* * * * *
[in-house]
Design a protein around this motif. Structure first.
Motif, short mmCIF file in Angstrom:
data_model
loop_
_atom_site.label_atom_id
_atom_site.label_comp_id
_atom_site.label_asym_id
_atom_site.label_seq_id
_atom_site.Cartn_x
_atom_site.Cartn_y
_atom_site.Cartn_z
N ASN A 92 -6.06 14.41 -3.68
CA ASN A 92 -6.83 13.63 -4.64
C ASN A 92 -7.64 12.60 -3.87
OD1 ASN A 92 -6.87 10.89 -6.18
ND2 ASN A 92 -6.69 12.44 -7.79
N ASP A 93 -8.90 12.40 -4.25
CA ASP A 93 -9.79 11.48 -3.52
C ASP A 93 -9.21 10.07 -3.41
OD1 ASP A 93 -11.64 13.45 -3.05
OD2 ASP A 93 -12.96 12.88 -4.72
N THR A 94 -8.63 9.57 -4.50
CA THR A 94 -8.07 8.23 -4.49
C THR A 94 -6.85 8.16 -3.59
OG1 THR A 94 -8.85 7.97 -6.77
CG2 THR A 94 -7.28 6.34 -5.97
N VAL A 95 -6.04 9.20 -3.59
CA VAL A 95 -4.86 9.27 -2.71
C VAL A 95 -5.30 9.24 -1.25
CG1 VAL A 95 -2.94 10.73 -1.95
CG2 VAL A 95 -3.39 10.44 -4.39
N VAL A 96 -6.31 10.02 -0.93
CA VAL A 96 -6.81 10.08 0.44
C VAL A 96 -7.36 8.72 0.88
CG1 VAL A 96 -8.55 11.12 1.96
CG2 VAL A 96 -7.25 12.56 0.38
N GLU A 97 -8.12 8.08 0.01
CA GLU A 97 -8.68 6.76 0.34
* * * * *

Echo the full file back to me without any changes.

[in-house]
Design a protein around this motif. Structure first.
Motif, short mmCIF file in Angstrom:
data_model
loop_
_atom_site.label_atom_id
_atom_site.label_comp_id
_atom_site.label_asym_id
_atom_site.label_seq_id
_atom_site.Cartn_x
_atom_site.Cartn_y
_atom_site.Cartn_z
N ASN A 92 -6.06 14.41 -3.68
CA ASN A 92 -6.83 13.63 -4.64
C ASN A 92 -7.64 12.60 -3.87
OD1 ASN A 92 -6.87 10.89 -6.18
ND2 ASN A 92 -6.69 12.44 -7.79
N ASP A 93 -8.90 12.40 -4.25
CA ASP A 93 -9.79 11.48 -3.52
C ASP A 93 -9.21 10.07 -3.41
OD1 ASP A 93 -11.64 13.45 -3.05
OD2 ASP A 93 -12.96 12.88 -4.72
N THR A 94 -8.63 9.57 -4.50
CA THR A 94 -8.07 8.23 -4.49
C THR A 94 -6.85 8.16 -3.59
OG1 THR A 94 -8.85 7.97 -6.77
CG2 THR A 94 -7.28 6.34 -5.97
N VAL A 95 -6.04 9.20 -3.59
CA VAL A 95 -4.86 9.27 -2.71
C VAL A 95 -5.30 9.24 -1.25
CG1 VAL A 95 -2.94 10.73 -1.95
CG2 VAL A 95 -3.39 10.44 -4.39
N VAL A 96 -6.31 10.02 -0.93
CA VAL A 96 -6.81 10.08 0.44
C VAL A 96 -7.36 8.72 0.88
CG1 VAL A 96 -8.55 11.12 1.96
CG2 VAL A 96 -7.25 12.56 0.38
N GLU A 97 -8.12 8.08 0.01
CA GLU A 97 -8.68 6.76 0.34